Nutritional benefits of shellfish
A review study published in Comprehensive Reviews in Food Science and Food Safety highlights the nutritional value and health benefits of shellfish items and points out various control measures to enhance consumer safety.
Shellfish can satisfy the dietary requirements of many nutrients, depending on species, habitats, harvesting season, feed, and other factors. The health benefits also depend on the specific type of species consumed, the frequencies of consumption, and quantities consumed.
Farmed shellfish show potential for nutritional enrichment using feeds fortified with long-chain PUFAs, vitamins, and carotenoids. Carotenoids have been commercially used to improve the color of farmed shellfish, particularly shrimp; however, the nutritional value of shellfish fed with astaxanthin, β-carotene, and other carotenoids has yet to be explored.
Shellfish items such as abalone, mussel, and snail possess compounds that have interesting bioactivities, such as immune-modulating, anti-inflammatory, antioxidant, ACE-inhibitory, and other functions. These components have the potential to be used in the development of functional foods.
The nutritional benefits of shellfish can be derived without undue concerns about safety. Shellfish-associated hazards are manageable at the stages of harvesting, farming, processing, storage, distribution, and consumption, with appropriate intervention strategies and control measures by regulatory agencies. However, the researchers underscored the need for “constant vigil to ensure sustainable supply of a safe shellfish” in light of increasing globalization, international trade, and rising consumer interests.
Guidelines for gluten-free
A new study conducted by the Gluten Intolerance Group (GIG), an industry leader in the certification of gluten-free products and food services, provides guidance in determining the safety of whole grains, beans, seeds, pulses, and legumes for the gluten-free market.
The study, published in the Journal of AOAC International, describes a sampling plan for determining the number of gluten-containing grains per kilogram of whole grain products, and a threshold for meeting GIG’s Gluten-Free Certification Organization (GFCO) requirement of 10 ppm or less.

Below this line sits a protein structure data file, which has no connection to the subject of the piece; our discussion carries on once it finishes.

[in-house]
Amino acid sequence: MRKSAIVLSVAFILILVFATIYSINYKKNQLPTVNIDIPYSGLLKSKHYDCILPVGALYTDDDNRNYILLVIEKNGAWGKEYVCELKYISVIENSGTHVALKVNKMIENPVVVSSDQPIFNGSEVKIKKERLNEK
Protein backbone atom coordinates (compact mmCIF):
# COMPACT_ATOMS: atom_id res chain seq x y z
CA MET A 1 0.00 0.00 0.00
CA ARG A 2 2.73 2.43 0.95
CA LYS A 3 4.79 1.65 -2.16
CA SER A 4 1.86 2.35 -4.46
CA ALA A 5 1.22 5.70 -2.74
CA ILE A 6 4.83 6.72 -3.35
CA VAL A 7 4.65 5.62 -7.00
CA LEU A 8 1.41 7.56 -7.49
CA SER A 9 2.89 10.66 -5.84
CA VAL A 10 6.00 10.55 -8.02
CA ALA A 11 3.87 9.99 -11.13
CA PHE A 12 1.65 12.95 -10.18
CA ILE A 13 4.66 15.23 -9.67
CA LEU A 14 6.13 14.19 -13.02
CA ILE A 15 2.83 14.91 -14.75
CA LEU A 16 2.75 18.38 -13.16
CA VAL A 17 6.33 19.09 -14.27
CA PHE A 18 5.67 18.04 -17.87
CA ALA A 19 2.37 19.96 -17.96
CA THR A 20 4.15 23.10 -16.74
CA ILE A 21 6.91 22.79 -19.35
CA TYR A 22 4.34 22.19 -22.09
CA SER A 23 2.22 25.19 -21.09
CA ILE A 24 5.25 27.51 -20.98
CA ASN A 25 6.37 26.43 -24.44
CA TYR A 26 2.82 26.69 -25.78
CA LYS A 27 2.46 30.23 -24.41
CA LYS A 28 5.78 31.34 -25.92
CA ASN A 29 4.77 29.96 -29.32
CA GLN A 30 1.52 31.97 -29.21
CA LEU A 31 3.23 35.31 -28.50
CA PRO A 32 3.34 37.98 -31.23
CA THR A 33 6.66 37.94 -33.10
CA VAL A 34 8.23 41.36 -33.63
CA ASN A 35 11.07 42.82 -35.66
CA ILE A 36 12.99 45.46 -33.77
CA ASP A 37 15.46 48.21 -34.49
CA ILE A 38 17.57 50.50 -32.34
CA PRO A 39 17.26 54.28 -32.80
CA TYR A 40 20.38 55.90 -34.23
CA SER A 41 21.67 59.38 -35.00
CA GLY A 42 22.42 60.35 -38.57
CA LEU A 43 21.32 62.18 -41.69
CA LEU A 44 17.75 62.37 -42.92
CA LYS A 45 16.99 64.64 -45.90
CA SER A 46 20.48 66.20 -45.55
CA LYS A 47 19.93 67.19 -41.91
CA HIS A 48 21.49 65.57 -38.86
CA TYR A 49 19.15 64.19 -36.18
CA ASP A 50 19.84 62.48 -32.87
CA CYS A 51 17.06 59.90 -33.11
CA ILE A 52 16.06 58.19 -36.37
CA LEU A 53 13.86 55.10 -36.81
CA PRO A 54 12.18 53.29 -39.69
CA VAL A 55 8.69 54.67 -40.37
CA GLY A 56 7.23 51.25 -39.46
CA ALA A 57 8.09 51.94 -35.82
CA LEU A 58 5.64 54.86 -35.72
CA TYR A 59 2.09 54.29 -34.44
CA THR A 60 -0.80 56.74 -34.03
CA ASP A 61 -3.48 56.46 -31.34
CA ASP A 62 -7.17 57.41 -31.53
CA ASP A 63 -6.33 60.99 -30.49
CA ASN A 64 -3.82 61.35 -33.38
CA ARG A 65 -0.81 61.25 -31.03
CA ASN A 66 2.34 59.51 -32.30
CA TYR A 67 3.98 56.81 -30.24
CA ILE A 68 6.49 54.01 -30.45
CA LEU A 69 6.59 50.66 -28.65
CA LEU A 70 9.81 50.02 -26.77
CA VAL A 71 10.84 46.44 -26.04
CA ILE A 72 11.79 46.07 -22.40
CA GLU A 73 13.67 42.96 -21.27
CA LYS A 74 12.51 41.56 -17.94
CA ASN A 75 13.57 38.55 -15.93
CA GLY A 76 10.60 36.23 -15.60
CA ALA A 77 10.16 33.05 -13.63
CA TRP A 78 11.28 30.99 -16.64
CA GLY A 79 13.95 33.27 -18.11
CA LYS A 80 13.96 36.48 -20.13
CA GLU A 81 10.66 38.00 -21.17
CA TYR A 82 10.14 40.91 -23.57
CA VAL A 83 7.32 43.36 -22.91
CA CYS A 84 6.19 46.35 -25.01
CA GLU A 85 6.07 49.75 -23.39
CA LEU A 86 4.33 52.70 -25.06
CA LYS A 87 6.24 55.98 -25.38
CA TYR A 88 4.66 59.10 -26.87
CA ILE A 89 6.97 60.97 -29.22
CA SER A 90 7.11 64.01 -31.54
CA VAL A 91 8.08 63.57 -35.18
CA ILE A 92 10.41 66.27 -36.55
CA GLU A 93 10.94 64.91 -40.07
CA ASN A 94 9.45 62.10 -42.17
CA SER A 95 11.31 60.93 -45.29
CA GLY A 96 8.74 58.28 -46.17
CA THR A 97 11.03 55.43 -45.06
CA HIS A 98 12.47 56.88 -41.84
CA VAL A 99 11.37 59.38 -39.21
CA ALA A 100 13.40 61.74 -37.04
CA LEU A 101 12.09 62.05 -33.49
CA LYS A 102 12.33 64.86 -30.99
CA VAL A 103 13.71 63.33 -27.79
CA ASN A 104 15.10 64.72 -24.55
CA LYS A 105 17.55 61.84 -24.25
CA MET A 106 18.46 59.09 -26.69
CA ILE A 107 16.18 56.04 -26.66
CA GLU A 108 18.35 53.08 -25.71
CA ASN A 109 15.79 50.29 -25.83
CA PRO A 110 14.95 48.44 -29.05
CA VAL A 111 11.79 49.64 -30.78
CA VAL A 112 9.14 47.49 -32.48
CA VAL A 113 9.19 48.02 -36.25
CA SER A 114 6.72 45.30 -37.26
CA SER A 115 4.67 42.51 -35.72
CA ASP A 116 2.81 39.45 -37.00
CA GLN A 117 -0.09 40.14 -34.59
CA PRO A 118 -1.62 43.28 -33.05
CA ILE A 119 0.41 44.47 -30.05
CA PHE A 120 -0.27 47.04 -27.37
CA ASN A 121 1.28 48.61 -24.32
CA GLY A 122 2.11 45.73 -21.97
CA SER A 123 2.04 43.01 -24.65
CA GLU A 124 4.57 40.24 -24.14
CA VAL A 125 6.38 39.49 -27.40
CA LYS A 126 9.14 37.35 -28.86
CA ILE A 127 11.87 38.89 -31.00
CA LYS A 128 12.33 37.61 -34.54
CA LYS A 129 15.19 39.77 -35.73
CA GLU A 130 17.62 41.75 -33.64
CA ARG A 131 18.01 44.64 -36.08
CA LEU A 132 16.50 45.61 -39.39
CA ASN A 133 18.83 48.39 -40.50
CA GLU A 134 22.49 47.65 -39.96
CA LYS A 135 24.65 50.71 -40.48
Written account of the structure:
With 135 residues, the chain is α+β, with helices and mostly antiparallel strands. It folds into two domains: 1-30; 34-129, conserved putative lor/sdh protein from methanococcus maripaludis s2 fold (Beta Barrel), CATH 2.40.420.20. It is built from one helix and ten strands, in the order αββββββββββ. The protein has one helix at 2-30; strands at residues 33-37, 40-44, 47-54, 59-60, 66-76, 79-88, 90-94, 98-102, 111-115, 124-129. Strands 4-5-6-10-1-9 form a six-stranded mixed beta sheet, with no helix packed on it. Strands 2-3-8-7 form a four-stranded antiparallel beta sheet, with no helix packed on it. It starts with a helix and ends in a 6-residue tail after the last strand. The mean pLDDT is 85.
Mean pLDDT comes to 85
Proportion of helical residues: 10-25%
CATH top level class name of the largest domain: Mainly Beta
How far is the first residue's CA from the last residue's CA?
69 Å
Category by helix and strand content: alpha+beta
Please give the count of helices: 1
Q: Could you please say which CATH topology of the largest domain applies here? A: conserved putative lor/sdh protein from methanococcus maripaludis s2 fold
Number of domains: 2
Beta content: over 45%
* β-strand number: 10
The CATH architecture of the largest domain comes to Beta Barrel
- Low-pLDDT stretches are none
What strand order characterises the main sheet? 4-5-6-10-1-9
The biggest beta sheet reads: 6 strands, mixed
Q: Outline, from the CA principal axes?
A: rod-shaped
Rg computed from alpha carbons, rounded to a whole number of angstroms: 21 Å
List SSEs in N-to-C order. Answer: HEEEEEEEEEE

The threshold set in the study—0.25 gluten-containing grains per kilogram of whole grains sold as specially processed gluten-free product—considers the unique risk whole grain products present to gluten-free consumers. For example, a gluten-containing grain in a product like oatmeal will be eaten in one serving, rather than being spread out over the entire product package or lot.
The use of visual examination—either with the trained eye or properly calibrated optical sorting equipment—resolves many of the problems encountered with antibody-based testing methods, including sampling limitations and the uneven distribution of gluten in ground flours. Two major processors of gluten-free oats were able to meet the new threshold using different processing methods.
“This study helps processors to more confidently meet GFCO standards and to provide safe, gluten-free whole grains,” said Laura Allred, regulatory and standards manager for GIG and one of the study’s authors. “Up until now, the industry interpreted GFCO’s standard in different ways when it came to whole commodities. The gluten threshold and sampling plan outlined in the study provides needed guidance to processors and enhances the safety for consumers of whole grain products certified by GFCO.”
Food robotics market picks up pace
The global food robotics market is anticipated to reach nearly $3.4 billion by 2025, according to a new report by Grand View Research. Among the factors driving growth are an emphasis on operational efficiency, a rising demand for packaged foods, the high cost of labor, and an increase in food safety regulations.
The food robotics industry has witnessed an upsurge in R&D activities over the past few years related to the development of technologically advanced robotics and automated systems. In particular, rising labor costs are driving packaged food producers to adopt automation systems for palletizing, packaging, repackaging, picking, and processing.
The packaging segment is presumed to hold the highest growth rate over the forecast years (2014–2025), with the use of robots offering higher efficiency in food production and processing, increased production capacity, a reduction in wastage, and consistency in product quality.
Europe accounted for the largest share of market in 2016, owing to food safety regulations and increasing labor costs. Over the entire forecast period, Asia Pacific is expected to be the fastest-growing market. A rise in disposable income, which has fueled demand for packaged and processed food in the emerging economies, is encouraging the adoption of automation technologies to enhance food production.
Mapping bioactive components in citrus peels
Citrus peels are rich in various functional and beneficial components that have wide applications. Chemical analysis of these components is an important step in determining the usefulness of the by-products for further applications.